10th Jan 2024

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Mr Christopher Loxton (instructed by Fieldfisher LLP) for the Claimant


Master Thornett :

This is a reserved judgment deciding certain preliminary points arising in the Defendant’s Application dated 14 February 2023. At the hearing on 18 October 2023 of the Defendant’s Application, as listed for two hours, both parties relied upon not only detailed arguments on jurisdiction but also procedural points. I decided certain procedural points should first be considered and concluded. Because the Claimant had complained that the Defendant had not made clear until service of Miss Crowther’s skeleton argument that certain points were being relied upon, I directed that written submissions were to submitted in concluding those points. However as sometimes can happen, in directing for concluding written submission further or other points have been taken (now by the Claimant). I am satisfied that I have sufficient material from both parties to decide at least the points that follow in this judgment. There seems no point in obliging attendance for concluding argument, at least as far as the following points are concerned.

Background

2.1 The claim concerns an injury at work sustained by the Claimant on 12 February 2018 whilst operating as a self-employed aircraft engineer for a Malta based company at the Novo Air Base, Schirmacher Oasis, Queen Maud Land, Antarctica. Briefly, the Claimant was thrown from a mobile set of stairs accessing an aircraft owing to the engine thrust from a passing aircraft taxiing very nearby.

2.2 The Claimant resides in this jurisdiction. By a Claim Form sealed on 10 February 2021, proceedings were issued against five defendant companies, all of whose addresses for service are out of the jurisdiction. In the conventional way in the Kings Bench Division, the Claim Form was marked “Not for Service Out of the Jurisdiction” upon issue.

2.3 By his Particulars of Claim, however, the Claimant elects only to pursue the First Defendant, a company based in South Africa and which is alleged to have been the occupier and operator of the Air Base. The claim focuses upon the degree of control and operation of the movement of aircraft on the Base by the (now singular) Defendant. The Particulars of Claim submits that the jurisdiction of England and Wales is the proper place in which to bring the claim.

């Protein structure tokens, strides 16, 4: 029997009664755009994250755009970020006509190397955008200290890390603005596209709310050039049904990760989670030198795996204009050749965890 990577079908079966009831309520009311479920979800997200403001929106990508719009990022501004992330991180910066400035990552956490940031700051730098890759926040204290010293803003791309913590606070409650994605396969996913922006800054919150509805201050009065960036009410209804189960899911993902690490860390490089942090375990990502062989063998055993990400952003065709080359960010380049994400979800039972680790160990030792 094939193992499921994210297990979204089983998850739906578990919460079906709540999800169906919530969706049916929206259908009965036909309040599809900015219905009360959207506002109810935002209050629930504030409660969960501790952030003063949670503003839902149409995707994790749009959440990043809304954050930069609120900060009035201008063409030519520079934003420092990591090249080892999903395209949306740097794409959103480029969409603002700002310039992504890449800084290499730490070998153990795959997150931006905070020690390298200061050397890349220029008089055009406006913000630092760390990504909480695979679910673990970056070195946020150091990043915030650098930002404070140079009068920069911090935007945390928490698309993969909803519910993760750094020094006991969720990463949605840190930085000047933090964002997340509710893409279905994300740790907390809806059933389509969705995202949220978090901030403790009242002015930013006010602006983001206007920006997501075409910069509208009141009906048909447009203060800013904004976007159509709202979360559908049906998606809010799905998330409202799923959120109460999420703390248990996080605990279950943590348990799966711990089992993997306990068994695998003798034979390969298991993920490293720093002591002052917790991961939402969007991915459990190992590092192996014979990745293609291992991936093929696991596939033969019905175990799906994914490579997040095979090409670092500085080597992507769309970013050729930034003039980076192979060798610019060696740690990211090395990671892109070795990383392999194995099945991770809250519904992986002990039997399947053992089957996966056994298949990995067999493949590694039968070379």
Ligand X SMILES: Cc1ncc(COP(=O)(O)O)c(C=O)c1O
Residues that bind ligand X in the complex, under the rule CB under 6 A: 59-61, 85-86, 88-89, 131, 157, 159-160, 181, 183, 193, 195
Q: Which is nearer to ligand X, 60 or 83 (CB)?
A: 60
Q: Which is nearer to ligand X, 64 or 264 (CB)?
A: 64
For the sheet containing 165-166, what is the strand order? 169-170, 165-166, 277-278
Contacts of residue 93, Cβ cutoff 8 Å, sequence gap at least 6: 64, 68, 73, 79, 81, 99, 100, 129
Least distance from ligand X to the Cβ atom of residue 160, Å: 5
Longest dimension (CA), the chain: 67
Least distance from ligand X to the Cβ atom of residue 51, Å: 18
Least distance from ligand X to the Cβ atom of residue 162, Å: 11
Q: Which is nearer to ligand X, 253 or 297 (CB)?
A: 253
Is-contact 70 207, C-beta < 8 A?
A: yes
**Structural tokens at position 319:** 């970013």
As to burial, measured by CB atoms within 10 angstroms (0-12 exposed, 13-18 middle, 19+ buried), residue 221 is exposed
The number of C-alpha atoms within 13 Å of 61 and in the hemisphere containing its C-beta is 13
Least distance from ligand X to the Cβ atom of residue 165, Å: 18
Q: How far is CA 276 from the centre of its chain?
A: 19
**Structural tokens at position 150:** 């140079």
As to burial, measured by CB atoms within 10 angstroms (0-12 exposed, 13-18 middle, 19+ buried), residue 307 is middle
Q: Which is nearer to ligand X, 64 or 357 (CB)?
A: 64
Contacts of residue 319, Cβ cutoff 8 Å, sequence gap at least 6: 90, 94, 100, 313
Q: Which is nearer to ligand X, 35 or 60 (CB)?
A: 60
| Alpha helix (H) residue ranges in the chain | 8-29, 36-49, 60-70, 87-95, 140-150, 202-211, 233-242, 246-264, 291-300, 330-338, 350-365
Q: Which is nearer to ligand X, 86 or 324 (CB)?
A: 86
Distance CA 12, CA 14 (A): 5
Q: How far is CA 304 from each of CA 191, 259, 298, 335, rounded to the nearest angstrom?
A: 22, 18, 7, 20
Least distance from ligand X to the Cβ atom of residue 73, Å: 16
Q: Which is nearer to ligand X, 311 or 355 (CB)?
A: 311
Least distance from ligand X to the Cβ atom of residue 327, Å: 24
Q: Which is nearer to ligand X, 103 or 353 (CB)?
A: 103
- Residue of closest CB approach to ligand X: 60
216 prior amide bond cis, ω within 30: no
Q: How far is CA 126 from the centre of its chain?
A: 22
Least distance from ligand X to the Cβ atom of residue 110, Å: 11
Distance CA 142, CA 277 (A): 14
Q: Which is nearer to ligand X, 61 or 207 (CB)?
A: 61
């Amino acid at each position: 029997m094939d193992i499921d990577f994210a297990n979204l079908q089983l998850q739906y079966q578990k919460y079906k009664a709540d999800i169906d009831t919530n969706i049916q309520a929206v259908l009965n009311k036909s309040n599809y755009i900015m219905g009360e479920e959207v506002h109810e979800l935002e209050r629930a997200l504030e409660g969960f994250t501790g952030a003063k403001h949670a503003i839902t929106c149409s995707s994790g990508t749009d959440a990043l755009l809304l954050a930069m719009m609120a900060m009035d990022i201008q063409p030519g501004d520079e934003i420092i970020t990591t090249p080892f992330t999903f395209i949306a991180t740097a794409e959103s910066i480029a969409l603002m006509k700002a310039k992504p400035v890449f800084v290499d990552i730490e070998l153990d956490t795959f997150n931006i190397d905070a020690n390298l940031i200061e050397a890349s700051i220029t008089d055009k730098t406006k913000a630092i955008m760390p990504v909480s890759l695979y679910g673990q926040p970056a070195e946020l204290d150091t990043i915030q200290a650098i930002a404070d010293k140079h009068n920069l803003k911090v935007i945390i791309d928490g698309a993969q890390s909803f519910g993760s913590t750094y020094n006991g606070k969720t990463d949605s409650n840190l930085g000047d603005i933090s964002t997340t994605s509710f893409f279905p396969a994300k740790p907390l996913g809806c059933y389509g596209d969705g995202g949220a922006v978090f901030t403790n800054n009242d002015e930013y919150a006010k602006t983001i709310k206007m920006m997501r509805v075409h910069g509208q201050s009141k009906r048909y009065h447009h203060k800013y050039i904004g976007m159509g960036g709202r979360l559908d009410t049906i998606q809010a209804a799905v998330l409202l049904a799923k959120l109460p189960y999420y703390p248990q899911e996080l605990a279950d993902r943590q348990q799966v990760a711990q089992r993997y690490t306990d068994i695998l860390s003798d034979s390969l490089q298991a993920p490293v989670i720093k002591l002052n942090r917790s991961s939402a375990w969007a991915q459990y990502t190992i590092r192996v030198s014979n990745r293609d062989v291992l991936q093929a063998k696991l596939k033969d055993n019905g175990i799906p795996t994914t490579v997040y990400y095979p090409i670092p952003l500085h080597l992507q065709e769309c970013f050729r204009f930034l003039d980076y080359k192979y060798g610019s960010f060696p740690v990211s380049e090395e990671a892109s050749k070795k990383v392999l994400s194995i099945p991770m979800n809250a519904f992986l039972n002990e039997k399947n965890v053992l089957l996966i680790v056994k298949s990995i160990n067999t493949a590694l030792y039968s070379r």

2.4 By a without-notice Application dated 15 July 2021, the Claimant applied for permission to serve out of the jurisdiction and an extension of time for service of the Claim Form. The Application was supported by a Witness Statement dated 14 July 2021 from the Claimant’s solicitor, Mr Barrett.2.5 By my Order sealed on 3 August 2021, I granted permission to serve out and the extension of time as sought. The 3 August 2021 Order adopted the draft as submitted by the Claimant and reflected the decision had been without notice to the Defendant.

The full order read:

1. The Claimant is permitted the serve the Claim Form and supporting documents on the Defendant, who is out of the jurisdiction, pursuant to CPR rule 6.36.
2. Time for service in paragraph 1 above is extended to 29th January 2023.
3. A party affected by this Order may apply within 28 days of service of a copy of
the sealed Order to suspend, vary or revoke the same.
4. Costs in the case.

2.6 A further extension of time to 29 July 2023 for service was granted by Order sealed on 24 January 2023. That too featured the same wording as the earlier Order for challenging the direction by a party affected.

2.7 The Defendant was served on 24 August 2022 with the Claim Form, the Particulars of Claim, a Provisional Schedule of Loss, a medical report, the Application to serve out and extend time, the Order to serve out and extend time, a N224 request for service out of the jurisdiction, and a Response Pack. It does not seem in issue that, however, the Defendant was not served with the witness statement of Mr Barrett in support of the original Application to serve out of the jurisdiction. The Defendant did not receive the latter until shortly before the hearing, during interim period of which the Defendant had been unsure both as to the reasons and justification relied upon by the Claimant for service out and whether the permission as granted followed a hearing or not.

Continue reading this Judgment here.


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